hold a path lay along by the way, on the other side of the fence. 'Tis according to my wish, said Chriftian, here is the easiest going; come, good Hopeful, and let us go over.

Hope. But how if this path should lead us out of the way?

Chr. That's not likely, said the other. Look, doth it not go along by the way-side? So Hopeful, being persuaded by his fellow, went after him over the stile. When they were gone over, and were got into the path, they found it very easy for their feet; and withal, looking before them, they espied a man walking as they did (his name was Vain Confidence), so they called after him, and asked him, whither that way led? He said, to the celestial gate. Look, said Christian, did not I tell you so ? By this you may see we are right; so they followed, and he went before them. But behold, the night came on, and it grew very dark; so that they who were behind lost the light of him who went before.

He therefore who went before (Vain Confidence by name) not seeing the way before him, fell into a deep pit; which was made there on purpose by the prince of those grounds, to catch vain-glorious fools withal; and was dashed in pieces with his fall.

of men, nor to build our faith upon the opinion of men ; but to make the scriptures our only rule of faith and practice; to look up to God for the teaching of his blessed Spirit, that he might lead us into all truth, give us a right judgment in all things, and keep our feet from the ways of death.


Now Christian and his fellow heard him fall. So they called to know the matter, but there was none to answer, only they heard a groaning. Then said Hopeful, Where are we now? But his fellow was filent, as mistrusting that he had led him out of the way: and it now began to rain, and thunder and lighten in a most dreadful mannerk, so that the waters rose amain.

Then Hopeful groaned in himself, saying, Oh, that I had kept on my way!

Chr. Who would have thought that this path would have led us out of the way?

Hope. I was afraid of it at the very first, and therefore gave you that gentle caution. I would have spoken plainer, but that you are older than I.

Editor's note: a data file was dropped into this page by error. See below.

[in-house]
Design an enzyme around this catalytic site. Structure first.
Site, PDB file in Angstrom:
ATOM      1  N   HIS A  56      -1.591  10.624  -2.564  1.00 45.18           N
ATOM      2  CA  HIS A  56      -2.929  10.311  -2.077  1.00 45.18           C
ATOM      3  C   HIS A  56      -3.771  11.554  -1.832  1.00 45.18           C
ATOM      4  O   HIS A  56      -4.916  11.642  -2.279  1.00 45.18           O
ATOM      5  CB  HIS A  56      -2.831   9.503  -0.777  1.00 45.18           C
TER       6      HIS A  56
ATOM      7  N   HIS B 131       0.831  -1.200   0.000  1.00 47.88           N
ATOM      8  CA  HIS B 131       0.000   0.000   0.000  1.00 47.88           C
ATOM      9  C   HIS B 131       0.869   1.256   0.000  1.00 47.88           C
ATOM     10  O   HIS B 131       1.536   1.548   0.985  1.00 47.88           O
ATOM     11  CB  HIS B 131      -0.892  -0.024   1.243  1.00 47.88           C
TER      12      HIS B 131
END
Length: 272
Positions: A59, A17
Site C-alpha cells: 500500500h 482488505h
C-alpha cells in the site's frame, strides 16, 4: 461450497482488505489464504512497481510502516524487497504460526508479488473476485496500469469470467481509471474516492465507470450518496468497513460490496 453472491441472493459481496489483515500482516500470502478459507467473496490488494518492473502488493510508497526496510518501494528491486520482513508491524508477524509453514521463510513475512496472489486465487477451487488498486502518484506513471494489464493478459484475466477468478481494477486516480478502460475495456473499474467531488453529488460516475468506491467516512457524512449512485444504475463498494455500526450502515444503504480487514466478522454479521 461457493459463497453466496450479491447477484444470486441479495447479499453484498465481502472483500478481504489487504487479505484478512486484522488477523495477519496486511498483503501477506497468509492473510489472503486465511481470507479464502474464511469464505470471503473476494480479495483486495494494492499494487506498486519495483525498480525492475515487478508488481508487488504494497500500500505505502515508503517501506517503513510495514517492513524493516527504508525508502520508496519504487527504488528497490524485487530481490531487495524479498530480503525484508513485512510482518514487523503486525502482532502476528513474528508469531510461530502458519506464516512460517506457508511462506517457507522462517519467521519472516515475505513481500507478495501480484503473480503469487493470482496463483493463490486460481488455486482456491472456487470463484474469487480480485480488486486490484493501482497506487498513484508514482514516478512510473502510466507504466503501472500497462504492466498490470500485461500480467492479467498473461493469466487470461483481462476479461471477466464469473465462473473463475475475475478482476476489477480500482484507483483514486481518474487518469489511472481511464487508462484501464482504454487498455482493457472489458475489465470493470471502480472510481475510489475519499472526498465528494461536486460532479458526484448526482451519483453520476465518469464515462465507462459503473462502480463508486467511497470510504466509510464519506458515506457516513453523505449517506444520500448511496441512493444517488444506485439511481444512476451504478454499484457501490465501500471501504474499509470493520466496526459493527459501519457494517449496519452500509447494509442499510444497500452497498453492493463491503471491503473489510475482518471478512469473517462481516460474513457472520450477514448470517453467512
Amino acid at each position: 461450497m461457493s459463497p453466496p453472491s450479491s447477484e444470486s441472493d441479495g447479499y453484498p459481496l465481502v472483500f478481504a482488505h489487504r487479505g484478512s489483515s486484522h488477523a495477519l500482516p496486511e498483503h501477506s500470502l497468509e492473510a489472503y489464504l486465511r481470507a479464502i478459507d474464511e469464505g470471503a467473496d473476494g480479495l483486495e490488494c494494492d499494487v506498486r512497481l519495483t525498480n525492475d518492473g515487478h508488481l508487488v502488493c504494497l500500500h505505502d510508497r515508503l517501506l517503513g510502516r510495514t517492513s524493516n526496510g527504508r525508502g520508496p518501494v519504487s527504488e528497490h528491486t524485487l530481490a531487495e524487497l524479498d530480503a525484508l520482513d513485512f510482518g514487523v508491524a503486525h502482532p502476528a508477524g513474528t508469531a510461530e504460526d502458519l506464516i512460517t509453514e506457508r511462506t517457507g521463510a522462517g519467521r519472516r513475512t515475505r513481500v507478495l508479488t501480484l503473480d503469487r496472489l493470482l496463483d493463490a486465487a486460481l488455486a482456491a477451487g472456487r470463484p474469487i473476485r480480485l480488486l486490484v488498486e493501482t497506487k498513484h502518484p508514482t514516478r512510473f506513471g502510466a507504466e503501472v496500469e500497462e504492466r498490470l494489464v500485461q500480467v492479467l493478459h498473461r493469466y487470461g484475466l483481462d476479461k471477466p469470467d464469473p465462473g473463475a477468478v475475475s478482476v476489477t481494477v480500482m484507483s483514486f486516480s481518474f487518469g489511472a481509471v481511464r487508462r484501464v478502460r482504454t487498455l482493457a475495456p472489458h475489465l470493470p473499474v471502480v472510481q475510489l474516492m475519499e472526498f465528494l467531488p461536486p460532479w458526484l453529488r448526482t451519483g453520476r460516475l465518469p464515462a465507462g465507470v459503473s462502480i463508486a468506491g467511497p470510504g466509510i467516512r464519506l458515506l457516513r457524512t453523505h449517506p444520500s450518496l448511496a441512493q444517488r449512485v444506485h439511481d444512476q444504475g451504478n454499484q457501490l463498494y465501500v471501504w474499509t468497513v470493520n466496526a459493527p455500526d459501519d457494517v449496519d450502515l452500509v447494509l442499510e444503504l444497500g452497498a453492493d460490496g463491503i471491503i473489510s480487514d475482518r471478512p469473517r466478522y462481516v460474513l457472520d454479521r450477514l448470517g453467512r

Chr. Good brother, be not offended, I am sorry I have brought thee out of the way, and that I have put thee into fuch imminent danger: pray, my brother, forgive me; I did not do it with an evil in


Hope. Be comforted, my brother, for I forgive thee; and believe too, that this shall be for our good.

Chr. I am glad I have met with a merciful brother: but we must not stand thus; let's try to go back again.

k The thunder and lightning plainly shews where this bypath leads ; not to Zion, but to Sinai. If you set one step over the stile, by giving way to the workings of a legal and self-righteous spirit, you are immediately within the territories pf despair.


Hope. But, good brother, let me go before. .

Chr. No, if you please, let me go first; that, if there be any danger, I may be first therein; because by my means we are both gone out of the way.

Hope. No, faid Hopeful, you shall not go first; for your mind being troubled, may lead you out of the way again,

Then, for their encouragement, they heard the voice of one saying, “Let thine heart be towards the high-way; even the way that thou wentest, turn again.” But; by this time, the waters were greatly risen, by reason of which the way of going back was very dangerous, (Then, thought Í, it is easier going out of the way when we are in, than going in when we are out.) Yet they adventured to go back, but it was so dark, and the flood was so high, that in their going back they had like to have been drowned nine or ten times. Neither could they, with all the skill they had, get again to the stile that night, Wherefore at last, lighting under a little shelter, they sat down there till the day-break; but, being weary, they fell asleep.